No other designer in the history of British Couture captivated London society the way Norman Hartnell did. Hartnell had a remarkable ability to create expressive designs, which both enhanced the individuality of the wearer, and sparked the imagination of the viewer.

Contemporaries such as Chanel and Christian Dior regarded him as a design inspiration. The British couturier was also the favourite designer of stage and screen stars Vivien Leigh and Marlene Dietrich, who were drawn to his Bruton Street salon.

Hartnell’s love for spectacle also found expression in his opulent wedding dresses. He was praised for his ability to create ethereal and romantic gowns which elevated character and body type. Brides from both sides of the Atlantic clamoured to have their gowns created by the designer.

It was not uncommon for the House of Hartnell to design for the entire bridal retinue. This dazzling panoply included dresses for the bridesmaids, the mother of the bride, the honeymoon wardrobe and trousseau. On occasion Hartnell would also dress the Groom’s family.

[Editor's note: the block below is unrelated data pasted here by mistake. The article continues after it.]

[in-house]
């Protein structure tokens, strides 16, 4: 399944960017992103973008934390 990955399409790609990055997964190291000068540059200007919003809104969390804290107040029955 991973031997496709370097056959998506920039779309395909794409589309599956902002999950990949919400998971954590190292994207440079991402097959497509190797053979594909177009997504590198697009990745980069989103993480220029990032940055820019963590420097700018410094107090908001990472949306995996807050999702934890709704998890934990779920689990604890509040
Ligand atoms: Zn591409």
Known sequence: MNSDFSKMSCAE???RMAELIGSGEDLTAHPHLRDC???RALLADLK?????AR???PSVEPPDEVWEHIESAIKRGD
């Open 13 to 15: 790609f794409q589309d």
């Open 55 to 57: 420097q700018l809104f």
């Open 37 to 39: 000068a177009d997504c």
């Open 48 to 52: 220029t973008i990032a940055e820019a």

When the Duke and Duchess of Gloucester married in 1935, Hartnell designed both the Duchesses’ pearl pink satin wedding dress, and the dresses for her bridesmaids, Princess Elizabeth and Princess Margaret. This marked the beginning of his long and illustrious relationship with the Royal Family.

Hartnell was instrumental in helping the Queen Mother craft a sense of romanticism in her style. She became such an avid fan of Hartnell that she insisted he design bridal gowns for both her daughters, Princess Elizabeth in 1947, and Princess Margaret in 1960.

Hartnell claimed that his ivory silk, crystal and seed pearl embroidered gown for Princess Elizabeth was “the most beautiful dress” he had made to date. The 13- foot- long star-patterned train was inspired by Botticelli’s Primavera, and captured the imagination of a stricken post-war Britain in search of escapism.